As Syria steps out of the shadows of isolation and auditions for a larger role on the world stage it has become increasingly important to understand its significance in the murky politics of the Middle East. Although the U.S. and much of the West has refrained from engaging Syria, I felt it was timely and important to produce a story on this important country that is misunderstood beyond its political dimension as reported in relation to the Middle East.
Syria was once the center of the Islamic Empire, and Damascus is one of the oldest and most celebrated cities on Earth. Historically Syria has always belonged to someone else: the Phoenicians, Egyptians, Persians, Greeks, Romans, Crusaders, Mongols, Ottomans, and French have all laid claim to this land with one of the world’s oldest civilizations. And since its independence in 1946, Syria has lurched from one military ruler to the next, until strongman Hafez al Assad took control in 1970.
From these fractured beginnings Syria remains a largely secular nation, ruled now, still somewhat precariously, by Assad's son Bashar. He holds together a conglomeration of ethnic groups that include a mostly moderate Sunni majority (70 percent), Shia, Druze, Armenians, Kurds, Assyrians, Arab Christians, and the small but powerful ruling Alawites. Further complicating this mix is the recent addition of roughly two million Iraq refugees, Palestinian refugees, and the growing presence of diplomats and businessmen from Iran.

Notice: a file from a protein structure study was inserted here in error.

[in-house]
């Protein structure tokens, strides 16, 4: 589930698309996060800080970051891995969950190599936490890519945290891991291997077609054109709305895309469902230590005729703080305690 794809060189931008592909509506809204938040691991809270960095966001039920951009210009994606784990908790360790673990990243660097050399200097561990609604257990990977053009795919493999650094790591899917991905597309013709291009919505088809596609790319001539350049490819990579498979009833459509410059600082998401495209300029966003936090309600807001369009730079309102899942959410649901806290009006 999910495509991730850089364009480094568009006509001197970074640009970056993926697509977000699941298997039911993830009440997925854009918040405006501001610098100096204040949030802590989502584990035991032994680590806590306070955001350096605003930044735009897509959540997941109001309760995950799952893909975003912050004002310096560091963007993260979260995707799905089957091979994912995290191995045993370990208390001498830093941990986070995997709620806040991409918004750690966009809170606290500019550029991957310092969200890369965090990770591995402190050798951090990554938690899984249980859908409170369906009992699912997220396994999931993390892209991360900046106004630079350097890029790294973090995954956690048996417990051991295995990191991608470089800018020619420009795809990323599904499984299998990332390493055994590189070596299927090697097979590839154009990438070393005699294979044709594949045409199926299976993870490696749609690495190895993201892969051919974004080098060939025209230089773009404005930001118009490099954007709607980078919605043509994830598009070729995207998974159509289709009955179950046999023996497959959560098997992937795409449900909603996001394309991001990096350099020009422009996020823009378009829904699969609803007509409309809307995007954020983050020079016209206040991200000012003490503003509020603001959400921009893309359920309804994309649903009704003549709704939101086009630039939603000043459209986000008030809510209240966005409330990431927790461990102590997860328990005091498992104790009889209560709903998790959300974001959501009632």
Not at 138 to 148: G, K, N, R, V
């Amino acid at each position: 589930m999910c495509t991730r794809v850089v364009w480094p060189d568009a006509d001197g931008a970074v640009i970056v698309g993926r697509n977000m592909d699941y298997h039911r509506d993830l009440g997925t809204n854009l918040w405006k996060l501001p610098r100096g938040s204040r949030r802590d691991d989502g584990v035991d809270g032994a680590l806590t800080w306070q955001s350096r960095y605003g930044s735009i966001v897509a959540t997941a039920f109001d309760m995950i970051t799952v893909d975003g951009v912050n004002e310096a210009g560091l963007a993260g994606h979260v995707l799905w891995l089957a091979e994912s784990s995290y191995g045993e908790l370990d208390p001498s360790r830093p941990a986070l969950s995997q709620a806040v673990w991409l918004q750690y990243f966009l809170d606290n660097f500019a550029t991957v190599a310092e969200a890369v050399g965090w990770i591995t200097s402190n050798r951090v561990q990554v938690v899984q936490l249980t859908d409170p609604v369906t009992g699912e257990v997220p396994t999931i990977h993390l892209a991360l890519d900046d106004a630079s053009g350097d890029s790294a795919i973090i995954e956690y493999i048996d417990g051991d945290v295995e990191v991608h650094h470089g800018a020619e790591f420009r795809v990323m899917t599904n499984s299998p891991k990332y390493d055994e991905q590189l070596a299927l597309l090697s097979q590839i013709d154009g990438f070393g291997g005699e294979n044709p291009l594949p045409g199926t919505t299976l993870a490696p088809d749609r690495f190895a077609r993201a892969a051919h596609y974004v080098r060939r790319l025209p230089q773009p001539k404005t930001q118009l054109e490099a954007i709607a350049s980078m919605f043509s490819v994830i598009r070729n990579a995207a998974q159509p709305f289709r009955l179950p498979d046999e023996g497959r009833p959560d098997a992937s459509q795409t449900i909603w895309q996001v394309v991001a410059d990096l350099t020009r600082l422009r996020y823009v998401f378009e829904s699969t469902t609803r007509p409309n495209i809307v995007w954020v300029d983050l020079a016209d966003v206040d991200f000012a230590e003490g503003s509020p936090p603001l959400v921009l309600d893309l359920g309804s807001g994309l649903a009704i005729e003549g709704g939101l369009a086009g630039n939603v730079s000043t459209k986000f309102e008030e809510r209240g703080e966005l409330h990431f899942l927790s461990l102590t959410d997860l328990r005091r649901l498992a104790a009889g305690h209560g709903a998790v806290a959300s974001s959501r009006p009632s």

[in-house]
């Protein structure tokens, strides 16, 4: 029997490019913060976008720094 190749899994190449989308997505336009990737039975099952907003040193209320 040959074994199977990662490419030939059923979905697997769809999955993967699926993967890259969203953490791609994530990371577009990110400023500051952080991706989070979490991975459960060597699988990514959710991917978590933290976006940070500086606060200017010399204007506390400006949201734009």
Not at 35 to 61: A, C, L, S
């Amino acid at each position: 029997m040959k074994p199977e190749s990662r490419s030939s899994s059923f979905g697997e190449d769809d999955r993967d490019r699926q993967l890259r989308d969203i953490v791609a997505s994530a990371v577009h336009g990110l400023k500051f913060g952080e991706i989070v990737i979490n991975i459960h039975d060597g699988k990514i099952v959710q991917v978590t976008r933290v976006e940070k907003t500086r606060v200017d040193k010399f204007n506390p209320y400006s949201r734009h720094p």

Against a rich backdrop of history and culture I wanted to look at how this mosaic of diversity may be where the road to peace in the region begins. I made a number of trips there to do photoreportages in the early and mid-1990s and was eager to return more than ten years later, in 2008, to explore this fascinating country once again.
This story represents the tricky kind of geopolitical stories that I love doing with National Geographic magazine. Tricky because Syria is a country that is somewhat closed and difficult to work freely in, so it’s hard to capture the politics or issues.
Tips for Shooting in Syria and Similar Locations
- You must have a great contact in the country that you can trust, to some degree, so you can ask questions and get information.
- When photographing people it’s important to make yourself small and unnoticed if at all possible, unless you are making portraits.
- I’ve learned that photographing women is tricky in some places—particularly if you’re a man—so you must be quick and stealthy or you must be deliberate and ask permission.
- I use a Canon 24mm-105mm lens, which allows me to do street shots with a wider view or use a medium telephoto focal length to capture portraits.
- My favorite focal length for photographing people candidly on the streets is 35mm. It allows you to have some distance, layer your images from foreground to background, and not push the background so far away, which is the problem when using very wide-angle lenses.
- Photographing at tourist sites in Syria is easy and expected, so it’s a pleasure to tromp around these amazing historical sites and be free to do as you please.
- In Syria, people are open as long as there are no authorities around or you are not near a government facility, so you must pay attention to your surroundings to make sure you don’t unwittingly put yourself in trouble.